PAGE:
Commuting is very tiring, and as your recognised, it would be un-wise for you to drive. Good luck.

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A similar thing happened to me after my BI. I took some legal advice and left under a compromise agreement. This meant they basically paid me a lump sum to go away ...and meant I couldn't bring any dismissal claims against them in future. It was a reasoanbly pay out and only slightly less than I may have been awarded in a court had I been able to fight to that level...but I was cognitively absent at the time and it was a good route for me.

It only took a total of two external meetings - one with a legal advisor and after meeting with HR and manager, a second one with a solicitor who checked over the agreement to make sure it was fair.

They also allowed me to design my own exit - I chose the no fuss route...to leave work as normal one day midweek and simply not go back AND they paid me full pay for the remainder of that month after I left.

It was definitely worth taking advice and did not affect my benefit entitlements at all....

I hope you can find a solution to suit you. I know how tough this stuff can be when you don;t have the oomph to handle it.

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I completely understand what you mean about not remembering. That happens to me a lot. Because I now can't processes verbal speech like I did before, if someone is speaking to me from another room or talking with their back turned I can't adequately hear them, then I not only don't remember what they said, and then my brain says I didn't hear them at all. This happens with my husband all the time. If it's important information some is trying to share with me I have learned to start carrying around a notebook to write things down. You can't even imagine how many notebooks I have filled up since the accident.

As far as your employment, I'm sure it's too late for my comment, but, since they told you that you would not be able to go to the new location, technically you shouldn't have resigned, they let you go, so you should have been able to collect unemployment.

But, it's ok to be upset about the situation. Any time I realize that a part of me has changed from the accident, it causes me to grieve the loss of that part. I don't grieve for long because all over my house I have pictures of my inspiration: T.o B.e I.nspired. TBI, in my house no longer stands for traumatic brain injury. Hope that helps.

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Hello Everyone

Just thought I would give you an update - I guess patience pays off. Might seem like bad news to some but I am being made redundant. Yippee.

I moved with the job to a new location some 35 miles away from home a month ago and have travelled on the very busy A55 every working day - very stressful and includes up to now 2 or 3 near misses on the road. Not to mention the additional travelling time which makes my working day longer. I am truly exhausted. My boss came to see me today and offered me redundancy. I have to be honest i got emotional and cried, but who cares because now I can access benefits. Looking for another job has not yet resulted in finding a replacement job and I have had no alternative but to make this tiring journey. I have areal sense of my boss not being entirely truthful with me and get the strong vibe she just wants me gone and her offer today confirms this. If you remember she has offered me no support since my illness to support me in my job and was expecting me to simply hand my notice in when the office relocated.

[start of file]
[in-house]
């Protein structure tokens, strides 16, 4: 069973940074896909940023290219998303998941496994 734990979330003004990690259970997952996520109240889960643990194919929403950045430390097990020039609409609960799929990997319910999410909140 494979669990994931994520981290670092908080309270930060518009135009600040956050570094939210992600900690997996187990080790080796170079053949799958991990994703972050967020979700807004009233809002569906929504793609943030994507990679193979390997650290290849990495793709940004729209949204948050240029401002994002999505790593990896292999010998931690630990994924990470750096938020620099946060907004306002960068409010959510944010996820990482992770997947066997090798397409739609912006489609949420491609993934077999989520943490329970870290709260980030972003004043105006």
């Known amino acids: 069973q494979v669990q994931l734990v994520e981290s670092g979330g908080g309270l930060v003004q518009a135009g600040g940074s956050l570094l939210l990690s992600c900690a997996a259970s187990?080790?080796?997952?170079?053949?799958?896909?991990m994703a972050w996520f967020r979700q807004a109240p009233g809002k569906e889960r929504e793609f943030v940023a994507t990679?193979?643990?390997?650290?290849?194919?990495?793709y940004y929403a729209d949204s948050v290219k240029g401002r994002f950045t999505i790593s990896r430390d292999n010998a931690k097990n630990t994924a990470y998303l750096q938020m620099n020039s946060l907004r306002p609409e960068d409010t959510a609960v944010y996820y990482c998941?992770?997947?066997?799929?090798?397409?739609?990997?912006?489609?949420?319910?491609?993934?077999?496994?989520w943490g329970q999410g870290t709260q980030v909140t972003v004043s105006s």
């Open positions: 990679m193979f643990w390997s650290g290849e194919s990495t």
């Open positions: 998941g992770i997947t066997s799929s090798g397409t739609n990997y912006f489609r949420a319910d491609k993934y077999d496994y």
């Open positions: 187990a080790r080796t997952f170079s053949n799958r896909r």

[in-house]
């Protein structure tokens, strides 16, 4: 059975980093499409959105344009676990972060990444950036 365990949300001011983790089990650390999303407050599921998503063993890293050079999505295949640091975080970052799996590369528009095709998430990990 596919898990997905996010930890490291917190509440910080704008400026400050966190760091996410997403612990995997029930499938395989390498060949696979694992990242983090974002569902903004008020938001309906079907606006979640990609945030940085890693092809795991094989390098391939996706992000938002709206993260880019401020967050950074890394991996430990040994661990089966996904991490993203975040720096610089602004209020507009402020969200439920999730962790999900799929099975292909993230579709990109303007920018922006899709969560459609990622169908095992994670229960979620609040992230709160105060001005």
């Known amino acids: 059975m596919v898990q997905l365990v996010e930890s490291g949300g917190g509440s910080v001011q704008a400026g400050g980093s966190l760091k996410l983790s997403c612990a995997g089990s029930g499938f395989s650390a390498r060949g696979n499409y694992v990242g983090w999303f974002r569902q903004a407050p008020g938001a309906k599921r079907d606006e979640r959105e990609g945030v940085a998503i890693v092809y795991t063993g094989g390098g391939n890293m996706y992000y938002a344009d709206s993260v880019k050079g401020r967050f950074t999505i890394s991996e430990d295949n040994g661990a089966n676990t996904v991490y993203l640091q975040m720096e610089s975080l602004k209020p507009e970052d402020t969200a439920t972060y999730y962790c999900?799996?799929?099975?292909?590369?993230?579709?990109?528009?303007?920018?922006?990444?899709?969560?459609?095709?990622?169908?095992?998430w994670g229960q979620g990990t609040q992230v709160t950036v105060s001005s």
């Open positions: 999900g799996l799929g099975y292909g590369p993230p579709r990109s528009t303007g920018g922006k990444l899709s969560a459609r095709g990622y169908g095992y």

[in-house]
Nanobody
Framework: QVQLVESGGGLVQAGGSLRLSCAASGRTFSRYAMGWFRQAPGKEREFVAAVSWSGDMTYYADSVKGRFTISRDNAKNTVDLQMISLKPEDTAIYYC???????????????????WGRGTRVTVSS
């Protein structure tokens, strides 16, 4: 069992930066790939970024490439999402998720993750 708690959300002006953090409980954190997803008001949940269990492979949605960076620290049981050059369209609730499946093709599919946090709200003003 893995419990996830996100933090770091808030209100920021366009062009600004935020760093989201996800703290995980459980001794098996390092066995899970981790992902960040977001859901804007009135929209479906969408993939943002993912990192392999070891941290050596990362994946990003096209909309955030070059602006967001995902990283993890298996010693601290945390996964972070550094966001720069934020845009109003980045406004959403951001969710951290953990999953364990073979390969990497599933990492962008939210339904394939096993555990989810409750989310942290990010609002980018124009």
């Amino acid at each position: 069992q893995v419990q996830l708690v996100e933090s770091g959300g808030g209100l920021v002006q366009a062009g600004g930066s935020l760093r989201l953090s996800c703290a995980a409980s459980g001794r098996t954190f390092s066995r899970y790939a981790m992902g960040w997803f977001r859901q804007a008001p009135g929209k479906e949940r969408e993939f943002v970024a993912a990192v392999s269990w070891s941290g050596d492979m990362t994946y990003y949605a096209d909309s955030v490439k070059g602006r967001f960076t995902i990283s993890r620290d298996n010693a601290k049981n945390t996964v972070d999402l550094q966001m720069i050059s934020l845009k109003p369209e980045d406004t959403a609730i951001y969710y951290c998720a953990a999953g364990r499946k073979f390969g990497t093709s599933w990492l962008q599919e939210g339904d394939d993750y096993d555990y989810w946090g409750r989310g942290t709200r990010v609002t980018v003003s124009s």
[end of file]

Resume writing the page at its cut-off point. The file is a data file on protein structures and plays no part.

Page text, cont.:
This new situation gives me some breathing space and I feel like a new person this evening who is able to relax more. Looking forward to a restful nights sleep. Thank you every one who has supported me and offered some very useful pointers - i am truly grateful for your support. Clare

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Hi Clare, I’m very glad to hear everything has worked out for you and you are happy with the decision. I’m also glad you didn’t give up, no matter how difficult for you, well done you, you did great 😊

You’re employer wasn’t right to try force you to hand in your notice, they have a duty of care to you while you are their employee, under health and safety law. They also knew this and by you standing your ground, they had to do the right thing by you. If you’d handed in your notice, you’d have lost all your employee rights and given them a very easy, quick and cheap way out.

So, you have been fantastic and all the extra effort paid off. Good luck with everything, you deserve it x

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Thank you Erin - sorry I have not sent my response earlier but I have not accessed this site for a while as I have been distracted by work issues. I am very grateful to yourself and all the lovely people on this site who are very supportive and most importantly - understand. You have a lovely day on this beautiful sunny and warm day. Clare x